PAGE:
Collard moved to California from New York during high school, attended Scripps College in southern California and then went to grad school (studying counseling) at Stanford University, which subsequently hired her as assistant dean of women. She was working as acting dean of students when, in 1965, a new University of California campus, set in the coastal redwood forests of Santa Cruz, opened.
"I was the token woman," she said of being offered the position of associate director of student affairs. "It was an incredible time, being part of something brand new, with wonderful professors. It was exhilarating."
But two years later she was moving on again, getting married and moving to Mountain View. In 1967 she took a job with the State of California, working as a career counselor in Palo Alto.
The electronics industry (as the developing field of computer technology was then known) was new. Companies needed workers and part of Collard's job was to help career seekers gain the skills and networking they needed to match the opportunities opening up in Silicon Valley.
"I was interested in helping people, not computers," she said. It just so happened that she was in the right place at the right time — and had the right kind of flexible thinking — to work successfully with emerging tech companies and the people who sought jobs with them.
"I learned a lot," she said. "I worked with people from high-school dropouts to Stanford PhDs. With people who were having to change careers and with ones who needed training," she said. She helped usher some who were skilled at abstract thinking, such as graduates with music degrees, into the field of computers.
In 1979 Collard moved on again, this time to the Resource Center for Women (later renamed Career Action Center), which was originally set up by a group of Stanford-educated women to help other women re-enter the workforce.
Collard worked with tech companies including Sun Microsystems, HP and AT&T to develop guidelines. She eventually published "The High-Tech Career Book" to help introduce newcomers to the corporate world.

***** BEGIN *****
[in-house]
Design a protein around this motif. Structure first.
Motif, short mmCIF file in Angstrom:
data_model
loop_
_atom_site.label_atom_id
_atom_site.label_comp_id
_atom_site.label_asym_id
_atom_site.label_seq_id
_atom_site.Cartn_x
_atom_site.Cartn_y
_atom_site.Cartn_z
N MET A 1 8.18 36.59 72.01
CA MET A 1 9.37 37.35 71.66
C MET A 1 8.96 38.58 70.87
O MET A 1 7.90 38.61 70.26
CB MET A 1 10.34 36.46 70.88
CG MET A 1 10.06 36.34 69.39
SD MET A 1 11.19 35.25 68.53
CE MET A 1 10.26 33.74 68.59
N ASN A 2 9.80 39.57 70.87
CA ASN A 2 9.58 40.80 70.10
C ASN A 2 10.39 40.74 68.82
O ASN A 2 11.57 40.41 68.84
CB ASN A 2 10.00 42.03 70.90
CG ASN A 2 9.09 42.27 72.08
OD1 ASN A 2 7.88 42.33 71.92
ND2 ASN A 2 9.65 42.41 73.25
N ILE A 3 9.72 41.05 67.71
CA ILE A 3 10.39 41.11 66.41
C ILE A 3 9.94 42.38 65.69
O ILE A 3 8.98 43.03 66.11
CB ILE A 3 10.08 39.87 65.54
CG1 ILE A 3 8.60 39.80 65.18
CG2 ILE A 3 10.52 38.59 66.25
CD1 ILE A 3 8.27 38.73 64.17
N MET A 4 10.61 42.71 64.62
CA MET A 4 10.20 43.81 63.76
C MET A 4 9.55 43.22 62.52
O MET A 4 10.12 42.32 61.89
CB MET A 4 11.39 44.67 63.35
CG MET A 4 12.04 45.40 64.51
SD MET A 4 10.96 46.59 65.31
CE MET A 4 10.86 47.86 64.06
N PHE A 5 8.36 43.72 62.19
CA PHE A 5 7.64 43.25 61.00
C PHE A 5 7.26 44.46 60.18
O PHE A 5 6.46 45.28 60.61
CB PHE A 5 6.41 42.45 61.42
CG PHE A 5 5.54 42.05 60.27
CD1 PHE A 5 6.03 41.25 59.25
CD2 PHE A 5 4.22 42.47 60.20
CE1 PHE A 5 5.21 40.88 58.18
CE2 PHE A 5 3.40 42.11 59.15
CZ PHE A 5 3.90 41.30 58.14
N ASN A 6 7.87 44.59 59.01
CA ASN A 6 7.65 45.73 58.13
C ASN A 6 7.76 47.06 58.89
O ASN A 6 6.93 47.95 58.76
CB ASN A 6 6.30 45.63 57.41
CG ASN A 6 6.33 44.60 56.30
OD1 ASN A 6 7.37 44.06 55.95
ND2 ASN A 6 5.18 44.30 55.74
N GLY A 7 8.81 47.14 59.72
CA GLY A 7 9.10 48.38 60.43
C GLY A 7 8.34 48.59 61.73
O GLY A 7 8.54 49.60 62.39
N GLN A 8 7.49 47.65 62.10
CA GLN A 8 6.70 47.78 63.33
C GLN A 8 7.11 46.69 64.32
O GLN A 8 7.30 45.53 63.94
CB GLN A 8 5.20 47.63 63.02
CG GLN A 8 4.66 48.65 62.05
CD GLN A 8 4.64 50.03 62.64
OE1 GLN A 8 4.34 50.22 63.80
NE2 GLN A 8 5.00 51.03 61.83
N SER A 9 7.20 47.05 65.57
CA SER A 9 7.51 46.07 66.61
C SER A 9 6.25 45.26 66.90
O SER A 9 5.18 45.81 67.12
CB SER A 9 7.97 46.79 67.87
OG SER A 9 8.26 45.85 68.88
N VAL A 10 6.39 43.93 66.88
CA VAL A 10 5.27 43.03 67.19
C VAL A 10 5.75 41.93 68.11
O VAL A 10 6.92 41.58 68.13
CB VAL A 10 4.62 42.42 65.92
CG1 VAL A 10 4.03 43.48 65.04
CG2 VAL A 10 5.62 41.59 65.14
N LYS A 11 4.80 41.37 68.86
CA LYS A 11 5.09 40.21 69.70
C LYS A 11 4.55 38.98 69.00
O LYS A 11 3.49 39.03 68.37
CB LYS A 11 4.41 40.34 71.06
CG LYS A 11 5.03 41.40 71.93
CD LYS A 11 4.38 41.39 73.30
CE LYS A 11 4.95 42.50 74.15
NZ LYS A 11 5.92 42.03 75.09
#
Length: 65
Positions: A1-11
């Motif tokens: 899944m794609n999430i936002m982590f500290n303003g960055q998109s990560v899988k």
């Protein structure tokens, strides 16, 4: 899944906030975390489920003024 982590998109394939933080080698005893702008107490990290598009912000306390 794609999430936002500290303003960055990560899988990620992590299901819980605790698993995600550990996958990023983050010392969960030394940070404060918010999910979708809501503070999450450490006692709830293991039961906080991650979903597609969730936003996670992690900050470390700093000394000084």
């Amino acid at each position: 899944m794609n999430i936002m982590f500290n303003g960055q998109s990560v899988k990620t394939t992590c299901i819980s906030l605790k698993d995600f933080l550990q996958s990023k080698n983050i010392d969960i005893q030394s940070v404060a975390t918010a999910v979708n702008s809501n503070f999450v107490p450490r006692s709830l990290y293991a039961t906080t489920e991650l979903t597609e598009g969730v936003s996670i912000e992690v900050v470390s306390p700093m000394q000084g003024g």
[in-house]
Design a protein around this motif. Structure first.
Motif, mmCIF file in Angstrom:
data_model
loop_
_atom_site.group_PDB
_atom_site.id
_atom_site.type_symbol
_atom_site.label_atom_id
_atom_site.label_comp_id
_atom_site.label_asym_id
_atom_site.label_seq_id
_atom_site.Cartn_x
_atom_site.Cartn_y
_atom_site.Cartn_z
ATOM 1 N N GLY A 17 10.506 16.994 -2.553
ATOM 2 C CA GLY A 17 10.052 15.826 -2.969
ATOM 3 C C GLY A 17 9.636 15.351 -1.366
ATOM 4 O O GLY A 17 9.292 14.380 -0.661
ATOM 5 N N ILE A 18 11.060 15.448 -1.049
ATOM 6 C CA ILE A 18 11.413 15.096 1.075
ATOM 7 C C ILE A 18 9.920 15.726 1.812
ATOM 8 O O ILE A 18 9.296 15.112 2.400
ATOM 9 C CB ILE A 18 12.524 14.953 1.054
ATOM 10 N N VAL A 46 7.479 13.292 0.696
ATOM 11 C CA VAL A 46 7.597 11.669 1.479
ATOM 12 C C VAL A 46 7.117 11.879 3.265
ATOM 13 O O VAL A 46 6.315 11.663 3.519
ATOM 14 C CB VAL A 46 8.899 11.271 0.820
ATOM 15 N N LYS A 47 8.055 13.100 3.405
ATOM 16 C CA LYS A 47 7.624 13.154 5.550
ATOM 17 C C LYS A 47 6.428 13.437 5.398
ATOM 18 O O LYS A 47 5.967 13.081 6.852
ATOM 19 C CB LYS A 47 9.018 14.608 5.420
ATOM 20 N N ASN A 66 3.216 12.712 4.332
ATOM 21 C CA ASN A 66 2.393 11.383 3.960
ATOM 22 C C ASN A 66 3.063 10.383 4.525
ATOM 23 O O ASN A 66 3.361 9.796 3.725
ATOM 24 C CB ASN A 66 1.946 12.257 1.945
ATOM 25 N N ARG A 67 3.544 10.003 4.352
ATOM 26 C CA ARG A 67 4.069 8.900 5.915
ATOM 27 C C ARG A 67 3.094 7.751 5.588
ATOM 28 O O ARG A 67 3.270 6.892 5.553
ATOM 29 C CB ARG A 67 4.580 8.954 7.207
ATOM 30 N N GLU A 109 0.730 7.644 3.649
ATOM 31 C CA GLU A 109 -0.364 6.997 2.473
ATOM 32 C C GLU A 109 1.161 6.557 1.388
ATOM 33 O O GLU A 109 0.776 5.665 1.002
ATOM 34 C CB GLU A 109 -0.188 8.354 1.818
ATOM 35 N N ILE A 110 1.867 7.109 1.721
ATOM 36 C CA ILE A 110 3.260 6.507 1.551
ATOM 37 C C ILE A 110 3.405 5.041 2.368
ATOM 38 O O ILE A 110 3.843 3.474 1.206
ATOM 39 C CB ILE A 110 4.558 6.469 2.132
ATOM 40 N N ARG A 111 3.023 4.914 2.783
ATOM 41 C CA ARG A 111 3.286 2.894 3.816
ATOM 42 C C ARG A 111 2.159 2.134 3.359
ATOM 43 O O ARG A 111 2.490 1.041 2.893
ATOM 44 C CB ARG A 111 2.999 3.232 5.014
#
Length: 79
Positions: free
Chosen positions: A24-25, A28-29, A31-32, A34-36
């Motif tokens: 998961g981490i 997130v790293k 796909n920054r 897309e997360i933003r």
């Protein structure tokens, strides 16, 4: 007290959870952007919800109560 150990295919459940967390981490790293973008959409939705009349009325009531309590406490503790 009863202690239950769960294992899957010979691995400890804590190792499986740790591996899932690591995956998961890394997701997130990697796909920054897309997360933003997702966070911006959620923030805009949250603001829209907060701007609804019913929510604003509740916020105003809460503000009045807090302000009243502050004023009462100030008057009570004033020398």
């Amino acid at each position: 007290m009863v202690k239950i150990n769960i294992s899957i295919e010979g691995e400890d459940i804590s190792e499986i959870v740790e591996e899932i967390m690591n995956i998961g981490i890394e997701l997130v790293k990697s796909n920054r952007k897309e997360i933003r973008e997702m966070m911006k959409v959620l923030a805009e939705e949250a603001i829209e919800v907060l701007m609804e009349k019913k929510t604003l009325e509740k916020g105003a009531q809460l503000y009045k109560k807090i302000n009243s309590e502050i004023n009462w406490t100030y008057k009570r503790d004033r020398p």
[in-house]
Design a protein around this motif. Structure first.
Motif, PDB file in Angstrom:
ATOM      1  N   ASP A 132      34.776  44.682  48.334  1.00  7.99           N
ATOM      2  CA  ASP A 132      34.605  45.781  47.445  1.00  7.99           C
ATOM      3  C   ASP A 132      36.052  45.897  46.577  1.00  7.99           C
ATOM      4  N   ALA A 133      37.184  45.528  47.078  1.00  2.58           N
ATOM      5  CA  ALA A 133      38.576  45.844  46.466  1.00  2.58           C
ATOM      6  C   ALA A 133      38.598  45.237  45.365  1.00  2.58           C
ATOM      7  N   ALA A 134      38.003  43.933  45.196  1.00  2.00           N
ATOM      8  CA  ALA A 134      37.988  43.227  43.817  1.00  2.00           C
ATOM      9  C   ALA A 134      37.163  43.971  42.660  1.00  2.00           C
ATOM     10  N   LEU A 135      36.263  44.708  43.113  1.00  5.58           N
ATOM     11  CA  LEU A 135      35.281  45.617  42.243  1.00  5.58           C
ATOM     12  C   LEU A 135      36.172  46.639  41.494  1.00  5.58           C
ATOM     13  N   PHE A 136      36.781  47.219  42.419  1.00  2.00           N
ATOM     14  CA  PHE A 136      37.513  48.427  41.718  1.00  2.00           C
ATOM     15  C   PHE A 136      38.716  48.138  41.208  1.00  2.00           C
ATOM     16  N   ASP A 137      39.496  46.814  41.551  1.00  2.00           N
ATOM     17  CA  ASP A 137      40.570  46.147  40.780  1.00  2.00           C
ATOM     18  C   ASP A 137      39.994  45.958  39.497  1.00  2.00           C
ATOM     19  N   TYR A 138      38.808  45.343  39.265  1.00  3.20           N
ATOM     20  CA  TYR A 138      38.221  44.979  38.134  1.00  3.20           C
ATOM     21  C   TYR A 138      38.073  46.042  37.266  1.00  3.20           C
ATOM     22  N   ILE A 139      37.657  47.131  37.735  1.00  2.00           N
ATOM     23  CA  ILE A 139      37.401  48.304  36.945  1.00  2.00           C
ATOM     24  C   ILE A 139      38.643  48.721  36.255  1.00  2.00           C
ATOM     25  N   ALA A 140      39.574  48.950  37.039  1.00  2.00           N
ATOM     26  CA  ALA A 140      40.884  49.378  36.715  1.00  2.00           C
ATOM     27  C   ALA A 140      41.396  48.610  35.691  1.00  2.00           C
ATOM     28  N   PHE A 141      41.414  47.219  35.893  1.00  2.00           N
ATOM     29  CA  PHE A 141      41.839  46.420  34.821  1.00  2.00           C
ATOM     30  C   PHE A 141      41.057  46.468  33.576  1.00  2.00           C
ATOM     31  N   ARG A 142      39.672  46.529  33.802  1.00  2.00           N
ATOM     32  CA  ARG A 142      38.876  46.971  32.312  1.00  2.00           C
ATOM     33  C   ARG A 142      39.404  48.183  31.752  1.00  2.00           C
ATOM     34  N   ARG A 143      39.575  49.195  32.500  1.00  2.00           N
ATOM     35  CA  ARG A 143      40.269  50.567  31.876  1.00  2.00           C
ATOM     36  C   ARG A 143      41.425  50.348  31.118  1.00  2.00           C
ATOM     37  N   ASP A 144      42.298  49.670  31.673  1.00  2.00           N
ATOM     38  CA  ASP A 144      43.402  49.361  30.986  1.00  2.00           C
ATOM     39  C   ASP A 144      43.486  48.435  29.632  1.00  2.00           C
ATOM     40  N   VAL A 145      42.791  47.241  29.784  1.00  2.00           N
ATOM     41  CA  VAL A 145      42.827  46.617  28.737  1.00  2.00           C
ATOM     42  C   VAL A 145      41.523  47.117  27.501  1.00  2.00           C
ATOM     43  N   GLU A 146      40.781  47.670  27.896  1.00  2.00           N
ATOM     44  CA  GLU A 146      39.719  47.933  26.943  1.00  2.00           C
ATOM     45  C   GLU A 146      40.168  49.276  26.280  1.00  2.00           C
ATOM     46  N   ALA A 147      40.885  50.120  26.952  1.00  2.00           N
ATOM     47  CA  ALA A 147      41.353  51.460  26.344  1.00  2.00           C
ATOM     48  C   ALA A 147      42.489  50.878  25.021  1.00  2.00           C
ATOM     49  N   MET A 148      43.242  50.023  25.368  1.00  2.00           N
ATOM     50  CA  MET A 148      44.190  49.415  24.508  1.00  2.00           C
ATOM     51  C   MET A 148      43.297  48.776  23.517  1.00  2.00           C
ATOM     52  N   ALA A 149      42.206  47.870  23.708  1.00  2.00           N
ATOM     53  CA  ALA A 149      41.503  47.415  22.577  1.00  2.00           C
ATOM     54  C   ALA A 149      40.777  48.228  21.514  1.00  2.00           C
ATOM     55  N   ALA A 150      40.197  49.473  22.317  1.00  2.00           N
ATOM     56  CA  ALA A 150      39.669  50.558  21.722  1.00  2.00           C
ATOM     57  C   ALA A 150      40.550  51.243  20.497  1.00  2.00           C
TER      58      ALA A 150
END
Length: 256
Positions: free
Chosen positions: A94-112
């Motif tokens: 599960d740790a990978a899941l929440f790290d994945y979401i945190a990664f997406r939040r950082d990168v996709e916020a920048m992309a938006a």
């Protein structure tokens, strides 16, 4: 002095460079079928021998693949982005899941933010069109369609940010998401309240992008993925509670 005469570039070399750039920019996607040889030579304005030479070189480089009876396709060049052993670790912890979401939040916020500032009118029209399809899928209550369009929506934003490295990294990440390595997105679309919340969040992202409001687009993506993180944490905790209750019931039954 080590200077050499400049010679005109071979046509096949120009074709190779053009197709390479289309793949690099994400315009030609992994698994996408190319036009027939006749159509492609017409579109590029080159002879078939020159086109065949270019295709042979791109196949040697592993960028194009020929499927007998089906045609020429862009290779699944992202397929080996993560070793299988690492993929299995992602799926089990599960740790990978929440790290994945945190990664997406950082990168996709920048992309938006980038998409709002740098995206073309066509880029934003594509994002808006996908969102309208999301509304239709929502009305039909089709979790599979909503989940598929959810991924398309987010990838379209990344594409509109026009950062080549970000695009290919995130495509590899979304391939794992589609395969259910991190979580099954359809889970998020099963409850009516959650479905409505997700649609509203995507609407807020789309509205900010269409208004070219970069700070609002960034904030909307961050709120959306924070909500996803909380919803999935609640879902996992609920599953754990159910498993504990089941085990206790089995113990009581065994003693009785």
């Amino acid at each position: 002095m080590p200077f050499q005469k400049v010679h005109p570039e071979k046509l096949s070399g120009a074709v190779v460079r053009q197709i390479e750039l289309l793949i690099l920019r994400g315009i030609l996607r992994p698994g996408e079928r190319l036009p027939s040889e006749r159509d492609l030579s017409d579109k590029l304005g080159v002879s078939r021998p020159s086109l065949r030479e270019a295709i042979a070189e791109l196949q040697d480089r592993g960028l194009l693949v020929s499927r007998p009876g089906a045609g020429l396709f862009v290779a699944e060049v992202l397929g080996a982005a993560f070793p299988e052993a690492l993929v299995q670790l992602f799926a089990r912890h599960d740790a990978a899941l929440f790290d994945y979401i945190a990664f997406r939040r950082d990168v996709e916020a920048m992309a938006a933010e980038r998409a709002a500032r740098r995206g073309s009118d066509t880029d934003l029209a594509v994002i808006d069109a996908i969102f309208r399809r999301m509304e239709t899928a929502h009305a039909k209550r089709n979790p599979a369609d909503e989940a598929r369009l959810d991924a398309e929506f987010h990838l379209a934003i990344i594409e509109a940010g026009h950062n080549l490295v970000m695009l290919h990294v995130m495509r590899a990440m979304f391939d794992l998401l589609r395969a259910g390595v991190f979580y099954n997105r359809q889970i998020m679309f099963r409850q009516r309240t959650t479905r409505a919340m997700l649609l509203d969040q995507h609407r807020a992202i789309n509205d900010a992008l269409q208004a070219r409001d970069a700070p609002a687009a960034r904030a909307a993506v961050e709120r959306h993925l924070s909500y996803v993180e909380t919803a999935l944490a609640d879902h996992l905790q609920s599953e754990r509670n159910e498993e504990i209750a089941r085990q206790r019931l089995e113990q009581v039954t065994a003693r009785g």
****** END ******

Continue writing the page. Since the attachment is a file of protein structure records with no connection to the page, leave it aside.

As companies turned toward outsourcing in the 1980s and '90s, Collard also coined the phrase "career self-reliance" to describe the responsibility individuals need to take in their careers, as corporations could no longer be counted on to promise long-term employment. Though the concept first was criticized for the way it shifted responsibility from corporation to worker, the idea is now prevalent.
"Now it is commonly accepted, but when we introduced it, it was viewed as revolutionary and widely adopted across the country," she said.
Collard retired after 20 years with the Career Action Center when her husband died. But in 1999, her alma mater came knocking once again.
Collard became Stanford's director of alumni-volunteer relations, helping to recruit volunteers out of Stanford's thousands of successful alumni and bring them into service roles for the school.
Collard, now 71, officially retired four years ago.
She keeps busy, volunteering for the Community School of Music and Arts in Mountain View, where she interviews students and writes profiles for the school's website.
After serving on many boards and committees (including the Mountain View School Board, the Palo Alto chapter of the American Red Cross, the Mountain View Human Relations Commission and the Day Worker Center of Mountain View), "It's nice to do direct service and not sit in a meeting," she said. Despite an honorary doctorate from Golden Gate University and several lifetime-achievement awards, Collard named her son (a San Francisco doctor) and her three grandchildren as her proudest achievements. And, still in touch with the high-tech, Collard is no old-fashioned grandma.
"I do have an iPhone, an iPad and a laptop and am an avid user," she said.
She's looking forward to a trip to Tanzania at the end of the month, where she will be involved with opening a women's and children's clinic, and to her 50th college reunion. After that, Collard remains open to the possibilities.
"Being tied down is something I do not want to be. It's hard when you retire, the lack of structure, but once you get used to it it's a lot of fun."
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